Showing posts with label Yagi Farkle. Show all posts
Showing posts with label Yagi Farkle. Show all posts

Tuesday, August 13, 2019

Broken cargo rack bracket and adding a trailer anchor point

Some minor work on both the T-Dub and hopefully improving its transportation tie down system.

I discovered, at the start of the last camping trip, that the bracket which supports the rear portion of the Cycleracks cargo rack had broken.  I'm thinking mounting the Kolpin gas can mount on the rearmost portion of the cargo rack caused too much flex/stress.  My fault.  Back to the drawing board on carrying extra gas.



Until I can find a welder to hopefully fix the weld shown above; I drilled the holes you see, and used safety wire to hold things together for now.  Also found an old metal strap, for use in the middle hole....so far so good.

Oh, and speaking of welder work needed, the bolts you see in the foreground, mount to an aluminum support that is part of the frame of the motorcycle.  It has a crack, probably from all the weight/stress.  Hopefully, that's an easy welding job.

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As I learn to safely transport the T-Dub on the rack I bolted to the front of the trailer, I've been learning how to best tie it down for transport.  Have lost a couple of straps due to wear point damage, and have tried several ways to hold her upright and steady.

Below pics show latest version of the tie downs.  Any thoughts/feedback would be appreciated if you see something not right.

 Front view: anchor point is attached to rack at right front wheel,
through the middle frame and ends at the spare wheel.


 Rear view, the new anchor point is the silver one 
at bottom of above picture.  It extends the angle
so there's less stress on the blue strap.



The front wheel is kind of held in place by the adjustable clamp that came with the rail, not great at that role so I also used cam lock straps to secure each wheel to the rail as well.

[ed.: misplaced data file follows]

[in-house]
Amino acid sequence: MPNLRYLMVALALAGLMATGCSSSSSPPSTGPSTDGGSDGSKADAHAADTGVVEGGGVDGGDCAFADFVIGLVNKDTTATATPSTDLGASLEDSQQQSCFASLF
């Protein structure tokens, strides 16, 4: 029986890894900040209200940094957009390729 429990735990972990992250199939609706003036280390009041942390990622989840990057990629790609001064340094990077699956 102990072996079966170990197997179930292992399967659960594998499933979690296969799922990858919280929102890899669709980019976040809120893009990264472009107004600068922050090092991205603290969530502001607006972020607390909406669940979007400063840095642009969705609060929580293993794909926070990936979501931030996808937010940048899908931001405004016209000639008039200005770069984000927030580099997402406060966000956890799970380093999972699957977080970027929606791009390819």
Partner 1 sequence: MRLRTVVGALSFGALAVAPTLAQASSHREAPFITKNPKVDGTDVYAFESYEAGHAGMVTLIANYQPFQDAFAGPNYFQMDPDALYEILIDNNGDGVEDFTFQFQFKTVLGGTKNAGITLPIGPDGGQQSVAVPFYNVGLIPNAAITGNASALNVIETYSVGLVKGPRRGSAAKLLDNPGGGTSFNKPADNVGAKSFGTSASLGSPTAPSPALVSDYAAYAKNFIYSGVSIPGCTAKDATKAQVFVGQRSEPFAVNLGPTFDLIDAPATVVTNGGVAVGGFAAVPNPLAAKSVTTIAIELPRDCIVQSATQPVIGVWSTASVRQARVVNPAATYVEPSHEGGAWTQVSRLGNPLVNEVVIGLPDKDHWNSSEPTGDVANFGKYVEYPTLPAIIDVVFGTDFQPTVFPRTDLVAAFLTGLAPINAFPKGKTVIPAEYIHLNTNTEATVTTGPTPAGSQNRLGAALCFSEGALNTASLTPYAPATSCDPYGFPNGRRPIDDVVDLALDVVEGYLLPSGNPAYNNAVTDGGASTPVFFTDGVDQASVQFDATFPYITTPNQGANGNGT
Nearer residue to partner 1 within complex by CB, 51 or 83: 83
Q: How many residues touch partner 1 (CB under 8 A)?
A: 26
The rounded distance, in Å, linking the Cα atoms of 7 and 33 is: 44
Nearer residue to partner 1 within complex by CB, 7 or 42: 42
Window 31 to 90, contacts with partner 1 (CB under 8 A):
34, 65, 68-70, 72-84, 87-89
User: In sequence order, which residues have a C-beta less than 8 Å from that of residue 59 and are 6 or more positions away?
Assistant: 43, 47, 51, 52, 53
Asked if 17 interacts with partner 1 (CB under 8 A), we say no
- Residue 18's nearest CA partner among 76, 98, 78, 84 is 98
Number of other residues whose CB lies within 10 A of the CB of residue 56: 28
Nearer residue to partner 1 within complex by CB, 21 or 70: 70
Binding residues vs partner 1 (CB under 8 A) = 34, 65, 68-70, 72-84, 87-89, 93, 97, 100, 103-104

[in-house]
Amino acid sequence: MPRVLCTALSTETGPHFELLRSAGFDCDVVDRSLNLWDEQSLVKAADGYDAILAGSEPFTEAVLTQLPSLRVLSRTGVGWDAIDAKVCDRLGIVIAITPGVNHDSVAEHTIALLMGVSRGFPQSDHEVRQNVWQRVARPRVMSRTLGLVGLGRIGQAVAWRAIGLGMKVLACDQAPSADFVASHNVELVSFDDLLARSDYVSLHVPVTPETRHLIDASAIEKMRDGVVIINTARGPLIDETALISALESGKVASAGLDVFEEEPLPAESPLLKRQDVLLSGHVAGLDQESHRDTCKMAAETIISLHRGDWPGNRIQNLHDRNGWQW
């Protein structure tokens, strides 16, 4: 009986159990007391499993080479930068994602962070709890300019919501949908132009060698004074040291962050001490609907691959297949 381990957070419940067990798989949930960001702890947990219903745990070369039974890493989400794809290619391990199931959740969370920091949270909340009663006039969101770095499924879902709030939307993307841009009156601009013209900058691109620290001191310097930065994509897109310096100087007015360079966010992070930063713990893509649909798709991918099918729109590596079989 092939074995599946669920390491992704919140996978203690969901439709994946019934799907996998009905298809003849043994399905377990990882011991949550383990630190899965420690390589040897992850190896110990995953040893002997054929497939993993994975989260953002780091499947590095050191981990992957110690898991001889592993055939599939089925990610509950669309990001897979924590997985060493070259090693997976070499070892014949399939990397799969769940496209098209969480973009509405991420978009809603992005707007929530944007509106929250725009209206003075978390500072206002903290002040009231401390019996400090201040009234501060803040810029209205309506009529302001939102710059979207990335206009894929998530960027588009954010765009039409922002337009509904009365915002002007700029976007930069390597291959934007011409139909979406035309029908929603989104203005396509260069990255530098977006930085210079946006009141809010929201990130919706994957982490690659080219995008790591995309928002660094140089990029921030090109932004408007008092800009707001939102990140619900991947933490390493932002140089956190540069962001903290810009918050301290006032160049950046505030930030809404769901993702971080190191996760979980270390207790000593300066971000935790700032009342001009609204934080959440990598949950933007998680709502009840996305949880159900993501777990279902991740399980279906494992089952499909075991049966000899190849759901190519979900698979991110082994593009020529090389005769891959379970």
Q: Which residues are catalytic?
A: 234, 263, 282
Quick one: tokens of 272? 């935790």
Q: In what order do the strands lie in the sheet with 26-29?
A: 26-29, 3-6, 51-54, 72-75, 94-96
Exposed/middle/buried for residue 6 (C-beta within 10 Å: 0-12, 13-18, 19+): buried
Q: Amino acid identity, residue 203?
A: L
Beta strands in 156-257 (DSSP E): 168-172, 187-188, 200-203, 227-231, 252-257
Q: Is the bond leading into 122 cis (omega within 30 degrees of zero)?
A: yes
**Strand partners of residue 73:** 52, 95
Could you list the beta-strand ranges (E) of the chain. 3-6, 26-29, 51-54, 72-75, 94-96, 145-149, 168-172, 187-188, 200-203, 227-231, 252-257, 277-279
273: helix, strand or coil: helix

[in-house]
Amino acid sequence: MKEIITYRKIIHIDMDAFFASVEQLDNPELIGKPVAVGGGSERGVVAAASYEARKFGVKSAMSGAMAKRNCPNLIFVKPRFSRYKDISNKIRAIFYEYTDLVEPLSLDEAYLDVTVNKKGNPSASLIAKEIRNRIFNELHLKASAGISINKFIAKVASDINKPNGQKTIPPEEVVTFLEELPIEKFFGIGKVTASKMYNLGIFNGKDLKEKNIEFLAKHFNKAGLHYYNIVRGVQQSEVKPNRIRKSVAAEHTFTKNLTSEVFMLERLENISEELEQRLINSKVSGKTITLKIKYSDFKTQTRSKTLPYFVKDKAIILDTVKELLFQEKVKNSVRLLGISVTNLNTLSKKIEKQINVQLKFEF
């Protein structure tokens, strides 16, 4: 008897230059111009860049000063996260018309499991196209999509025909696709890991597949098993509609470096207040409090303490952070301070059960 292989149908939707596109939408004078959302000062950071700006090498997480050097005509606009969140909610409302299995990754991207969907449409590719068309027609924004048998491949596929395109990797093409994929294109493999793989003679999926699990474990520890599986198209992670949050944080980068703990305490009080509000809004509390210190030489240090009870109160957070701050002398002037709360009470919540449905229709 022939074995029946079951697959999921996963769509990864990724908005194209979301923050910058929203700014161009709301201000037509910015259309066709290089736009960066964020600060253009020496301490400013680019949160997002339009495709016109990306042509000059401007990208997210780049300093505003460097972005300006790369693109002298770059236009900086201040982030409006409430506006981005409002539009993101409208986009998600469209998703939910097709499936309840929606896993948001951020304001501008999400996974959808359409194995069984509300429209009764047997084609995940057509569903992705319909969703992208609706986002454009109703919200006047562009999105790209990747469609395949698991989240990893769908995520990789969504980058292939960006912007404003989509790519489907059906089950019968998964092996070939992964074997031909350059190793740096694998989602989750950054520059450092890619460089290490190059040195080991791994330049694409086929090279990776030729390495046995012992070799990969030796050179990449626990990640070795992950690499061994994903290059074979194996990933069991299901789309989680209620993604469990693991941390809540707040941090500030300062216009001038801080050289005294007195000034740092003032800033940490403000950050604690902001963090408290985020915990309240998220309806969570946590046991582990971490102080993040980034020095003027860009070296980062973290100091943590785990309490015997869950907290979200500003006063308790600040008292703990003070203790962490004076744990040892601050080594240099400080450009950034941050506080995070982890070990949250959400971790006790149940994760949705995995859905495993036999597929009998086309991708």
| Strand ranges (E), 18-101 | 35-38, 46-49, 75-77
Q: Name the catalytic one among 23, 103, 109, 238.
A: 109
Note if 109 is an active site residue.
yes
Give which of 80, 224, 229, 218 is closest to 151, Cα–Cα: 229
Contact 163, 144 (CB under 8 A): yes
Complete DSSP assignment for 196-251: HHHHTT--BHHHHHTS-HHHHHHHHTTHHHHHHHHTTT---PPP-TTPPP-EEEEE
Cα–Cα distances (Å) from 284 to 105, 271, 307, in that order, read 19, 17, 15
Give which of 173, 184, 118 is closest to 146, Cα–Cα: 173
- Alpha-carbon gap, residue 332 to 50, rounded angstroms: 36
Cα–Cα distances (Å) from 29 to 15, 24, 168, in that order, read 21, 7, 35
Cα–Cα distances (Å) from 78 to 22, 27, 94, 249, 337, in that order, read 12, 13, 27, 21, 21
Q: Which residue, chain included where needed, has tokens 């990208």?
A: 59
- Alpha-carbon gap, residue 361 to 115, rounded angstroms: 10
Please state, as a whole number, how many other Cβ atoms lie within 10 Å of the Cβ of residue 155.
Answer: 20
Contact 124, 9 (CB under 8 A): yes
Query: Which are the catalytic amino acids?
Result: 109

Tuesday, June 18, 2019

Riding the Northern portion of the Gunnison Gorge Conservation Area

Monday, June 17:

Not much riding done.  Instead Rich K. generously offered to tow my trailer over to the local welder's place of business; just outside the town of Hotchkiss.

Materials are on order and should be here Friday, perhaps I can get the welder to do the work first half of next week.  More on this later.

Got some supplies from the local hardware store, chores around the URRV, a couple of brackets to help the left side bags stay away from the tool tube....not much in the way of work.

The day was overcast, spitting rain on occasion so that's why not much riding.

Tuesday, June 18.

A good riding day.  Though the forecast threatened light rain, we never saw more than a few drops while riding.  Rich K rode his Yamaha WR 450 and led the way to the entrance to Pleasure Park Road.

Taking the first dirt road to the right, we rose to the top of the cliffs/bluffs that form the northern edge overlooking the Gunnison Gorge.  Nice trails, not very hard or technical and some nice views from up there.

 A view of the confluence area and Pleasure Park Resort

 Rich K. and his WR 450, quite the speedy machine

We rode along the north rim trails and then ended up at the Eagle Rock area.


From this area, we ended up once again on the north rim of the Gunnison Gorge and stopped at several points to take in the views.


A far off view of the site I used for RV camping, 
turns out it was a parking area for hiking the trail
that goes up into the canyon above